January 30, 2023

Remembering Otto Warmbier

By Robert Collins

January 30, 2023

Just before Christmas 2022, President Joe Biden signed into law the 2023 National Defense Authorization Act, which included the “Otto Warmbier Countering North Korean Censorship and Surveillance Act.” The law “authorizes $10 million annually for the next five years to counter North Korea’s repressive censorship and surveillance state.”

Otto was imprisoned and tortured by the Kim regime for reasons that seem petty to almost all of us, but were taken exceedingly seriously by the Korean Workers’ Party (KWP) and the Ministry of State Security (MSS). Otto died days after being returned to the United States to meet his family, unable to talk due to the torture that the North Korean regime inflicted on him.

The MSS took Otto into custody after he reportedly took down a propaganda poster in the hotel he was staying at. This seems like a minor infraction to us in the West. However, if the poster had the name of Kim Il-sung, Kim Jong-il, or Kim Jong-un on it, this act would be regarded as the worst of all crimes in North Korea—even worse than first-degree murder. This is not only law in North Korea, but most importantly, it is the firm policy of the KWP. Historically, North Koreans have been executed immediately for such an offense.

Any North Korean court official, security officer, or KWP member who fails to respond in the most brutal manner toward an offense against the Supreme Leader would be immediately imprisoned, along with their family members. It is hard to imagine that any government would punish its security personnel for failing to be brutal enough, but this is a fact of political life under the Kim family regime.

Otto had no way of knowing this. His youthful innocence resulted in him being detained by the ye-sim-gwa (pre-trial examination section) of the MSS. These interrogators are notorious for inflicting extremely harsh torture on the accused to extract confessions. There have been plenty of reports about detainees dying during interrogations.

North Korea’s courts, which are driven by party policy and not the rule of law, then issue a sentence based on forced confessions. Detainees are then sent to another detention facility, where they continue to face torture by the guards. The most extreme of these facilities are the Kim regime’s kwan-li-so political prison camps. Testimony on the horrific torture inflicted upon political prison camp detainees is beyond abundant.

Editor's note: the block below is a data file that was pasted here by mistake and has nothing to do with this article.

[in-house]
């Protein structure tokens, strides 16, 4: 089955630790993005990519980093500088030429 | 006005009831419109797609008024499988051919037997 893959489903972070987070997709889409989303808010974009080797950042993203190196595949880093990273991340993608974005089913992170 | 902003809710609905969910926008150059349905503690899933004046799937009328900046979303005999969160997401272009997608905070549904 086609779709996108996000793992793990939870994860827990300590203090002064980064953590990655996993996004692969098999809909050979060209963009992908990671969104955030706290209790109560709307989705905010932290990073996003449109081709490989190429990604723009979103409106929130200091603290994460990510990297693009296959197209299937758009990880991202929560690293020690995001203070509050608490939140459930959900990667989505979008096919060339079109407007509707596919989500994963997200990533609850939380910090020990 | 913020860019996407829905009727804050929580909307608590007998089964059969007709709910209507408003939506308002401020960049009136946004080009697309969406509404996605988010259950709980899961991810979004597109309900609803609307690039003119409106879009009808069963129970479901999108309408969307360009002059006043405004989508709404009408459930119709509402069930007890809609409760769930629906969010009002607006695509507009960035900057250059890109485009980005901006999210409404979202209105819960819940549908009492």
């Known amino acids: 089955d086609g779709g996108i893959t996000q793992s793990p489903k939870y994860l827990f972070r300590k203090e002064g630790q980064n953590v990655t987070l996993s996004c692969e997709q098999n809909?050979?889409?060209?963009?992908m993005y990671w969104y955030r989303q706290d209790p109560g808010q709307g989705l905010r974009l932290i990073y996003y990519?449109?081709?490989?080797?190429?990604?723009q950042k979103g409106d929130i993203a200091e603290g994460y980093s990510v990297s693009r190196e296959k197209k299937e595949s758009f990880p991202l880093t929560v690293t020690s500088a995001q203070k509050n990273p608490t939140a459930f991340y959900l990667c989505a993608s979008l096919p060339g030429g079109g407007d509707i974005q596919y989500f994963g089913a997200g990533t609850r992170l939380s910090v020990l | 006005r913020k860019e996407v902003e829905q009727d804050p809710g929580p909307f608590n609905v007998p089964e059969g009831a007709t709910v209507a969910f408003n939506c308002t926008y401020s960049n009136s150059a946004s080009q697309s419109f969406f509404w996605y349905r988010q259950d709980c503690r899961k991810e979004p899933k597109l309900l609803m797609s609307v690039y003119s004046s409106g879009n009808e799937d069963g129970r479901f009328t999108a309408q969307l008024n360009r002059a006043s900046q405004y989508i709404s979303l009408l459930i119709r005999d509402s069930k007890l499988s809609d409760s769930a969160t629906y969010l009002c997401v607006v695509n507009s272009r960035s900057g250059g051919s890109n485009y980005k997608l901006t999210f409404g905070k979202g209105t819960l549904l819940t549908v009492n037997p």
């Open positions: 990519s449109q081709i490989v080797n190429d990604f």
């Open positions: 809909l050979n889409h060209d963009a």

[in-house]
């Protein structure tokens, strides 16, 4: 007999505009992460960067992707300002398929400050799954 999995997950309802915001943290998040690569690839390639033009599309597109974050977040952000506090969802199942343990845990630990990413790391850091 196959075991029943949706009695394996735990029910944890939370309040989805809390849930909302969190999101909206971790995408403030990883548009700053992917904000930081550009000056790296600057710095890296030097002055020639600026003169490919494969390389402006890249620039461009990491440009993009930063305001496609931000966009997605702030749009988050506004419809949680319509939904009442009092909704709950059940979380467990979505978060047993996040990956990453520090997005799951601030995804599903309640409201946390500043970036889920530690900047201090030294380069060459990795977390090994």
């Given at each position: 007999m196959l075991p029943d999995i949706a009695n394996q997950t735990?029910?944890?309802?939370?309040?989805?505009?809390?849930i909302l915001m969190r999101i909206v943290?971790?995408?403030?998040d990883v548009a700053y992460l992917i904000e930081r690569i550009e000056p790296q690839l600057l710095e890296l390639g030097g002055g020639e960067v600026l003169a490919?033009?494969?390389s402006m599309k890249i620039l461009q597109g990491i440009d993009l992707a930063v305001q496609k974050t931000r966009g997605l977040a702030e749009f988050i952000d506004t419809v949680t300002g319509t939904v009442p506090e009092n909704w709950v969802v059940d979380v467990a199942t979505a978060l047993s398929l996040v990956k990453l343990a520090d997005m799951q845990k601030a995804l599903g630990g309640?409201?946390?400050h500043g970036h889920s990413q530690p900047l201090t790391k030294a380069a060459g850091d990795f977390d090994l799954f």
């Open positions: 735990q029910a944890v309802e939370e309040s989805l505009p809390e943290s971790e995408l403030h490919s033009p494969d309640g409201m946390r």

Why the torture? In 2005, then-Supreme Leader Kim Jong-il directed security and prison officials to treat those incarcerated in political prison camps and related facilities as “poisonous grass.” He urged those that dealt with the incarcerated to root out the “poisonous grass” to “defend the dictatorship of the proletariat.” Supreme Leader directives are regarded as superior to the law in North Korea. They must be immediately and strictly implemented without hesitation. In other words, those who work in the ye-sim-gwa or the detention facilities must prove themselves loyal to Supreme Leader directives. How so?

Unlike any other country in the world, every North Korean, beginning at the age of nine and until they die, must conduct a public self-evaluation of their adherence to the directives of the Supreme Leaders—Kim Il-sung, Kim Jong-il, and Kim Jong-un—and how their performance falls short of these directives. They must criticize themselves, never compliment themselves. This is referred to as saenghwal chonghwa—lifestyle self-critique. The self-critique is followed by criticism from others.

This is done at least weekly, usually on Saturdays. Records of these self-critiques are kept by the organizational secretary of the KWP committee, which is embedded in every entity in North Korea—party, government, military, economic, or social. These records are transmitted to the all-powerful KWP Organization and Guidance Department (OGD). The OGD assigns a political action officer to manage every organization or regional area, including detention facilities.

There is an OGD political action officer or team of political action officers that monitor the ye-sim-gwa and detention facilities. These officers prepare reports for the Supreme Leader when deemed necessary. Considering how visible Otto’s trial was, it is difficult to believe that the North Korean leadership was not aware of exactly how he was being treated.

How does all of this inform our understanding of what happened to Otto? The interrogators in the ye-sim-gwa and Otto’s incarcerators would have had to admit their inadequate ill-treatment of Otto during self-critique sessions. Their fellow torturers and incarcerators would have had to complain that the official undergoing self-critique was not being brutal enough toward Otto. The brutal treatment of Otto was likely far more severe than that suffered by incarcerated North Koreans.

Many who are incarcerated in North Korea are forced to admit to fabricated charges or testify to some other fiction. Otto was also shown publicly apologizing in court. However, there is no evidence of subsequent cooperation with his torturers. Indeed, it is evident he did not cooperate any further. The North Korean regime would have made it public otherwise. Otto appears to have successfully resisted in a heroic manner, and we should remember him for that.